The future of the Vikings, part 7: The linebackers

As the Minnesota Vikings head into a vital offseason, we will look at each position under a microscope. What worked? What didn’t work? What might change in 2019? What are the best and worst case scenarios? What options do they have going forward? Our series will lead up to the opening of free agency on March 13. We move on to part 7, linebackers…


Running backs 

Wide receivers 

Tight ends

Offensive line

Defensive line

Anthony Barr

What worked:

In the final season of his contract, the Vikings’ ninth overall pick in 2014 had the second highest graded season of his career by Pro Football Focus, only behind 2015. He was effective in multiple areas, grading positively as a run defender and pass rusher. PFF graded him the 16th best linebacker (of 57) against the run, seventh best in the pass rush and 13th in tackling. Overall he was graded 23rd.

Only four linebackers created more pressures (23) than Barr and despite an ugly game in Los Angeles in Week 4, there were 52 linebackers who were targeted more in coverage in 2018 than the Vikings’ linebacker. In fact, following that miserable night in L.A., Barr only allowed 73 yards in coverage for the remainder of the season.

What didn’t work:

On several occasions Barr talked about wanting to rush the passer more often than in the past. His rush percentage did increase in 2018, but not by much. Barr chased opposing QBs on 103 of 477 pass plays (21.6 percent). Over the last two seasons, he rushed on 18.2 percent of pass plays. Three percent probably isn’t enough to convince Barr, who is a free agent, that things will be any different going forward if he says in Minnesota.

Mike Zimmer has expressed that he wants to keep Barr long term, but the price tag might simply be too high if he’s looking for pass rusher money.

While Barr’s overall grades and stats were solid — and it should be noted that his position is one of the most difficult to place value with grades — his performance in Week 17 was the second worst of the season by PFF measures (Los Angeles was the worst). That was a game where the Vikings needed the dominant version of Barr.

Best case scenario 2019:

The Vikings re-sign Barr at a reasonable dollar and he carries over his 2018 play into his prime years. Or they let him walk and either find a quality replacement in free agency or the draft, saving the team significant cap space.

Worst case scenario 2019: 

Barr walks and the Vikings’ attempts to fill his shoes come up short and they see a significant drop in play from the position.

Eric Kendricks

What worked:

By the numbers, Kendricks has been very durable. He’s only missed five games since entering the league (two in 2018) and has been graded by PFF somewhere in the middle of the pack among NFL linebackers each year. He was 34th of 57 in 2018, 29th of 58 in 2017 and 23rd of 57 in 2016. Kendricks ranked 20th in tackling and registered the fewest missed tackles (seven) of his career. He’s finished with between 108 and 113 tackles in each of the last three years. There’s a lot to be said in the NFL for consistency.

What didn’t work: 

The former UCLA standout allowed the second highest yards per catch (12.9) among all linebackers and gave up a 104.7 rating. Both of those numbers were much higher than in 2017 (7.7 yards per catch, 83.1 rating). Overall he graded 29th in coverage grade (lowest ranking since his rookie year). The 2018 season was also his least effective as a pass rusher, picking up just nine pressures. His previous low was 13.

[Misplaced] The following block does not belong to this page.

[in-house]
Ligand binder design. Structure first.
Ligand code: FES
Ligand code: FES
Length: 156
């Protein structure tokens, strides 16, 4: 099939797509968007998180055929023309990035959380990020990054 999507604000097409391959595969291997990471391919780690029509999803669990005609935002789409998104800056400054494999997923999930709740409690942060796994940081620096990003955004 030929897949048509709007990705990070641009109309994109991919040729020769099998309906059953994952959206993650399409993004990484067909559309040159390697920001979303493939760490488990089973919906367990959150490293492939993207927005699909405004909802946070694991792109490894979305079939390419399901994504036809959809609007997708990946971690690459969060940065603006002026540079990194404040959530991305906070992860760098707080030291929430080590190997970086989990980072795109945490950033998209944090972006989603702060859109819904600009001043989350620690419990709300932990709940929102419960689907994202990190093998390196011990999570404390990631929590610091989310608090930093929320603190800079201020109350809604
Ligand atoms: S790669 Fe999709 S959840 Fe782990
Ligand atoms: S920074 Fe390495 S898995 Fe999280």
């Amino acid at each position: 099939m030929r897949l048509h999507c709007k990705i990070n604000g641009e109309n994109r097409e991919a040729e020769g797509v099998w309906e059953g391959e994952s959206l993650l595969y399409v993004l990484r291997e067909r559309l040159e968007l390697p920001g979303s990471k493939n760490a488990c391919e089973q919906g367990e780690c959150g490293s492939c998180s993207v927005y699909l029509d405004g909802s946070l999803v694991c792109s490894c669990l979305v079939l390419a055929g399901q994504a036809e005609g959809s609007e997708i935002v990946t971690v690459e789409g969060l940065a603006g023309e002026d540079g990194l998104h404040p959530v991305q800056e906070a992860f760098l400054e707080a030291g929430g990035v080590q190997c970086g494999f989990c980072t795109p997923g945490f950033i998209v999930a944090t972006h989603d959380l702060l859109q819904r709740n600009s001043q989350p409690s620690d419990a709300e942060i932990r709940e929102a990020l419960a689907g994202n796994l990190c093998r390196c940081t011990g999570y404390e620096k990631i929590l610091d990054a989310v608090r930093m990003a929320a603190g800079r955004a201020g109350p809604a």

Best case scenario 2019:

In most ways, Kendricks continues to play the same way the Vikings have come to expect. Scheme improvements might help his coverage numbers bounce back.

Worst case scenario 2019: 

There is a high floor for Kendricks. Worst case scenario, aside from injury, is a repeat of his 2018 season. That’s still pretty solid.

Ben Gedeon

The Vikings knew what they were signing up for when they drafted the Michigan product in 2017: A hard-nosed run stuffer with some limitations. In 311 snaps, Gedeon graded as the defense’s second best tackler with at least 300 snaps (Harrison Smith ranked No. 1). Over his two years with the Vikings, Gedeon has allowed 17 for 23 passing for 220 yards into his coverage. At 24, there may be some for growth, but he is likely to continue solid play in his base defense role.

Eric Wilson 

With injuries to Anthony Barr and Eric Kendricks, Wilson got his first significant playing time since signing as an undrafted free agent prior to the 2017 season. He graded similarly to Barr as a run defender and created six pressures in 31 pass rush opportunities. In coverage, opposing teams targeted him 26 times with 20 completions, but only averaged 6.7 yards per completion.

The Vikings may have found something with Wilson as a rotational player. It would be a stretch to ask him to take all of Barr’s jobs on the defense, but he proved in 2018 he can be effective in a fill-in role.

Kentrell Brothers 

The Vikings showed how much they like Brothers as a special teamer by keeping him on the squad despite a four-game suspension. PFF has continually graded him as one of the best special teams players in the NFL.


The Vikings could re-sign Barr to a long-term contract or franchise tag him with the price coming in the range of $15 million per year. If they do not keep Barr, here are several ways they could go:

— Use the cap space left by Barr to sign one of the top free agent LBs, Baltimore’s CJ Mosley, Seattle’s KJ Wright or Tampa Bay’s Kwon Alexander

— Sign a role-playing linebacker like Detroit’s Eli Harold or Pittsburgh’s L.J. Fort and create a group by committee that could include safety Jayron Kearse in some packages.

— As much as it might drive some Vikings fans up the wall, they could look to a few of the top linebackers in the first round. Michigan’s Devin Bush, for example, is rated as the 24th best player in the draft by CBS Sports.